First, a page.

Some Patients Taking Opioids for Post-Operative Pain at Risk for Long-Term Addiction

Some Patients Taking Opioids for Post-Operative Pain at Risk for Long-Term Addiction
Some patients prescribed opioids for pain relief after surgery may face a high risk for developing a long-term addiction to the medicine, a new study concludes. The study included more than 36,000 surgery patients, who were followed for six months. None had taken opioids before their surgery. The researchers found 5 to 6 percent of patients continued to fill prescriptions for opioids long after what would be considered normal surgical recovery, HealthDay reports. Rates of new chronic use did not differ between patients who had major or minor surgery, the researchers wrote in JAMA Surgery . This suggests patients continue to use these medications for something other than treating pain from surgery, they said. Risk of long-term opioid use was highest among smokers, patients who had struggled with alcohol and/or drug use in the past, those previously diagnosed with depression or anxiety, and those who had a history of chronic...
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Program Aims to Reduce Pain and Opioid Use After Surgery

Program Aims to Reduce Pain and Opioid Use After Surgery
Researchers at Stanford University are studying a pre-surgical online program that is designed to help patients better manage pain and reduce the use of opioid painkillers after surgery. The program, called “My Surgical Success,” helps patients develop a personalized pain-management plan to control the anxiety associated with anticipating surgical pain. The program teaches patients to dampen the pain processing in their nervous system, so they have more control over how much pain is impacting them and how much medicine they need to manage their post-surgical pain. “For many people, pain resolves after surgery, but there is a subset of patients for whom pain does not resolve,” says study lead researcher Beth Darnall, Ph.D., Clinical Associate Professor in the Division of Pain Medicine at Stanford University. “We need to figure out how to best meet their needs so they’re not taking opioids forever and are able to get back to meaningful...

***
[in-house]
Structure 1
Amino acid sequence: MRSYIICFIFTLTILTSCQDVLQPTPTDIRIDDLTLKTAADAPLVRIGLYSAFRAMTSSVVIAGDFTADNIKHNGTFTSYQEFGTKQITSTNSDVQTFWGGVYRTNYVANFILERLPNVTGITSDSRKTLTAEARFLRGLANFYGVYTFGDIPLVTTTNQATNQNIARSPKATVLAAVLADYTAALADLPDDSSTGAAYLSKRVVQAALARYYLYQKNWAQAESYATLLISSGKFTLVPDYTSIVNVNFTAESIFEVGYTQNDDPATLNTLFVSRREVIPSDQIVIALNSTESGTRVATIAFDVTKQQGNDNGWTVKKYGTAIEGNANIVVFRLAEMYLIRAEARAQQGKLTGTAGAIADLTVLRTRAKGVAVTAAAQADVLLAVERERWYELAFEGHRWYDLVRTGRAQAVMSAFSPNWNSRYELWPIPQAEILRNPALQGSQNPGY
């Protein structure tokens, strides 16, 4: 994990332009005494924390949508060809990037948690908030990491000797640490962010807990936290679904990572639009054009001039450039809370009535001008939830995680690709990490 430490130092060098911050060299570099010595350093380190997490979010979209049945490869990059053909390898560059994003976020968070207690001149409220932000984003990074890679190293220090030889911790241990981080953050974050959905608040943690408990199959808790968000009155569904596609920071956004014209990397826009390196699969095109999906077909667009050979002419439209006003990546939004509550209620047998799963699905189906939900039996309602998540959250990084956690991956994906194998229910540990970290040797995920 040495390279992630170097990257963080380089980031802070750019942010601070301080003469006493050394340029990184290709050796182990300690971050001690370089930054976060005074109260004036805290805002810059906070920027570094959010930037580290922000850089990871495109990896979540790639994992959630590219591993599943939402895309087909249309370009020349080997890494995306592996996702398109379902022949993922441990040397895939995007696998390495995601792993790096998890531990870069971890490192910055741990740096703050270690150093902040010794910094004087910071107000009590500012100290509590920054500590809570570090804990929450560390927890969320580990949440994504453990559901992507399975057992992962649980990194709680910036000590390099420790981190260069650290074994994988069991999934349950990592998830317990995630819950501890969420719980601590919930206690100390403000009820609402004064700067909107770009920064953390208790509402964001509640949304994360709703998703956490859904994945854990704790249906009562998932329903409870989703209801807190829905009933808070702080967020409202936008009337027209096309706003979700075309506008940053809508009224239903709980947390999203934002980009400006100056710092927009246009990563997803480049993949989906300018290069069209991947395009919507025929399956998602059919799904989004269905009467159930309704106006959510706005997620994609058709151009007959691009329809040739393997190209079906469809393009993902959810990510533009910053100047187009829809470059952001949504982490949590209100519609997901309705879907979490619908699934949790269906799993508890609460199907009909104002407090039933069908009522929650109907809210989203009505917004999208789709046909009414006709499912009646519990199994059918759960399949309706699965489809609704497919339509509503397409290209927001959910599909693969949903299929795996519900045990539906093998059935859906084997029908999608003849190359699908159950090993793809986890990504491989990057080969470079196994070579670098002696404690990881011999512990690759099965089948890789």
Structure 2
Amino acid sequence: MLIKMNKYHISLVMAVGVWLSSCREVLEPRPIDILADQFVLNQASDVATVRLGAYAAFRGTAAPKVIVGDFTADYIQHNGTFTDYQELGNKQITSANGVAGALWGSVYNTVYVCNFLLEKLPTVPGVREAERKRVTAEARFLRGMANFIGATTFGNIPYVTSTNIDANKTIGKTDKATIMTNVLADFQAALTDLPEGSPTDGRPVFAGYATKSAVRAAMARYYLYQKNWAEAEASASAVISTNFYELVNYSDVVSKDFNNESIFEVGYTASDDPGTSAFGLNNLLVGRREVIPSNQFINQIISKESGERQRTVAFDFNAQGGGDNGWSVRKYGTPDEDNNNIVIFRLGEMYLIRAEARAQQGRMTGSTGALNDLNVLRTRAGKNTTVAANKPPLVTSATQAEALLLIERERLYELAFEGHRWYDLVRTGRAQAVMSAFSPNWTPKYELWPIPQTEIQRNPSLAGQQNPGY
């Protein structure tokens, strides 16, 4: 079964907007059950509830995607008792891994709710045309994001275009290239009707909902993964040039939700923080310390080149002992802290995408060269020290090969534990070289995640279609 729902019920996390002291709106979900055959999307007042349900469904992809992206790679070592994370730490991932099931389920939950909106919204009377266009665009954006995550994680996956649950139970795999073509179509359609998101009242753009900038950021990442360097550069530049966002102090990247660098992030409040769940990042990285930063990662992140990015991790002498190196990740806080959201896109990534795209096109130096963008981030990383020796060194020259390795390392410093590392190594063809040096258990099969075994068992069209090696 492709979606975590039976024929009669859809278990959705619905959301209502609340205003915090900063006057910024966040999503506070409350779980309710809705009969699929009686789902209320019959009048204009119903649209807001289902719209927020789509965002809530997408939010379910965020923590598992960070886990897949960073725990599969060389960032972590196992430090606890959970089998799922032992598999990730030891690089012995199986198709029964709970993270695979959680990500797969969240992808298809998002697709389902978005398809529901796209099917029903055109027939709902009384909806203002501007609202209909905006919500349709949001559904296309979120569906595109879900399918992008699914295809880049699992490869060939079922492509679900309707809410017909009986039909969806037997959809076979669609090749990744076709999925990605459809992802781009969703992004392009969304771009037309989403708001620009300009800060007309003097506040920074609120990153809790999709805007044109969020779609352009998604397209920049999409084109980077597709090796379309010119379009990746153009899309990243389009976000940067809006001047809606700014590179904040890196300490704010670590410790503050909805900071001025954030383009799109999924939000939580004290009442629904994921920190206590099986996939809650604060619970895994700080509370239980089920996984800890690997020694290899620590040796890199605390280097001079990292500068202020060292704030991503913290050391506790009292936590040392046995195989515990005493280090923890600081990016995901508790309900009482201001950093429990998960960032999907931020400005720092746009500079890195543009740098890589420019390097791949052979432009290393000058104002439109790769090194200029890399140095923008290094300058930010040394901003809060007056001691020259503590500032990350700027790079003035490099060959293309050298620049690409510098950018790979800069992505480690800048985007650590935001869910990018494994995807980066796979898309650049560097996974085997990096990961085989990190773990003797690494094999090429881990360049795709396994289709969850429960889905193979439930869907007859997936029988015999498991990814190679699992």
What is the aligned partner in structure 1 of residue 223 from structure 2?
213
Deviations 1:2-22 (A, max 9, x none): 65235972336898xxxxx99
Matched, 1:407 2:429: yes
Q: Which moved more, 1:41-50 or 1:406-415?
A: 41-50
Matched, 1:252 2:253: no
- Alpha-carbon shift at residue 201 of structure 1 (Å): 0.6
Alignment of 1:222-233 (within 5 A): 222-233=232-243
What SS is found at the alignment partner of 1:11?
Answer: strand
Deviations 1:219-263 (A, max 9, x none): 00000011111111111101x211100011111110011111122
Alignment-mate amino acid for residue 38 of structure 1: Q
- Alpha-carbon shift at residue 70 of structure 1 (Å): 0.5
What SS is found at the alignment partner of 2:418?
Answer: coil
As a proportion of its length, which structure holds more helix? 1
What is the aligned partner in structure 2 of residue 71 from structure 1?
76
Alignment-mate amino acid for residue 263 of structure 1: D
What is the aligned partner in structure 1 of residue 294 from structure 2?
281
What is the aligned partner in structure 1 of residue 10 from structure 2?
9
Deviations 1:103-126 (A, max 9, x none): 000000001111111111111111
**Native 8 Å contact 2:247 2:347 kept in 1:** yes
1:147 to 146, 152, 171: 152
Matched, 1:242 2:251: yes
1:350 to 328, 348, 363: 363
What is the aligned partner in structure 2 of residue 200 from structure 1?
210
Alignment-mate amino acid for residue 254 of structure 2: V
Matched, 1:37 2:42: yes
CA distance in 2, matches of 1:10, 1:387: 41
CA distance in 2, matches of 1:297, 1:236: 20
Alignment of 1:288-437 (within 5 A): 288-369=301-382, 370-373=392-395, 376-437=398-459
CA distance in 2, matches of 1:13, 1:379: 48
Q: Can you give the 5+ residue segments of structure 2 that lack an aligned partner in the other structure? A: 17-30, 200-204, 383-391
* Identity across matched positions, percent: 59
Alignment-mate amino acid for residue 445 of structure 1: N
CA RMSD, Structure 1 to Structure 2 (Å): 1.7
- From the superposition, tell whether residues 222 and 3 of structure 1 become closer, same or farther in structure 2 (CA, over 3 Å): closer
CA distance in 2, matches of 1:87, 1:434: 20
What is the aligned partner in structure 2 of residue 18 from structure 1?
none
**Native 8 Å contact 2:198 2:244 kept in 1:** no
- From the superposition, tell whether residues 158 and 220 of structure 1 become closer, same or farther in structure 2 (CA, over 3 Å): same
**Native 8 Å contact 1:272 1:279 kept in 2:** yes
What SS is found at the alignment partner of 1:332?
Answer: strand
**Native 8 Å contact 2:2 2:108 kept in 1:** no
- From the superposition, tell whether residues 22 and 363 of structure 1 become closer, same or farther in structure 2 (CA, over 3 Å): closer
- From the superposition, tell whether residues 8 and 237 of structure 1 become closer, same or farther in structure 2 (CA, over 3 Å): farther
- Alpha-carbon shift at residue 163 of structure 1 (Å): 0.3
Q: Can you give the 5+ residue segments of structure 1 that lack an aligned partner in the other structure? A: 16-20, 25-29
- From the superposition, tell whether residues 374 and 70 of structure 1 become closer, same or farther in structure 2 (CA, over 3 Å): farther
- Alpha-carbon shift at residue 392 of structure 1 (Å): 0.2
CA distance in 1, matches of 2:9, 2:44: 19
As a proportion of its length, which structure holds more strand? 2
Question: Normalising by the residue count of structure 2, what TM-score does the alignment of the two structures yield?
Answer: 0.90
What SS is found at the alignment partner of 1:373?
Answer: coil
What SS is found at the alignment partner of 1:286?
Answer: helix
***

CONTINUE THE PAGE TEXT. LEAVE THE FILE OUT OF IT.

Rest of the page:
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Many Hip and Knee Replacement Patients Take Opioid Painkillers Months After Surgery

Many Hip and Knee Replacement Patients Take Opioid Painkillers Months After Surgery
Many patients who have undergone knee or hip replacement surgery are still taking prescription opioid painkillers up to six months after the operation, a new study finds. Some patients continue to use potentially addictive pain medications even though their hip or knee pain has improved, the findings suggest. The study also suggests persistent opioid use after knee or hip replacement surgery may be more common than previously reported, the researchers said. Continued opioid use after joint replacement surgery is not necessarily related to pain in the affected joint, the researchers said. “We hypothesize that the reasons patients continue to use opioids may be due to pain in other areas, self-medicating affective distress, and therapeutic opioid dependence,” they wrote in the journal Pain . Researchers at the University of Michigan studied opioid use in 574 patients undergoing knee or hip replacement surgery, Science Daily reports. They followed up with patients one,...
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Study Urges Caution in Giving Some Patients Opioids Before Knee Surgery

Study Urges Caution in Giving Some Patients Opioids Before Knee Surgery
A new study suggests that in some patients undergoing a total knee replacement, taking opioid painkillers before the operation may increase the risk of being on opioids much longer afterwards. The drugs may also increase the risk of complications after surgery, Medscape reports. Total knee replacement, or total knee arthroplasty, is a surgical procedure in which parts of the knee joint are replaced with artificial parts. “Narcotic use can be dangerous. We need to understand how much to give and why we’re giving it,” lead researcher Robert Westermann, MD of the Department of Orthopedics at the University of Iowa said at the recent American Academy of Orthopaedic Surgeons 2016 Annual Meeting. He added that initiatives that encourage orthopedic surgeons to decrease the use of opioids are needed. In his study, Dr. Westermann identified 112,569 patients who underwent total knee replacement from 2007 to 2014. Of these, 44 percent had no...
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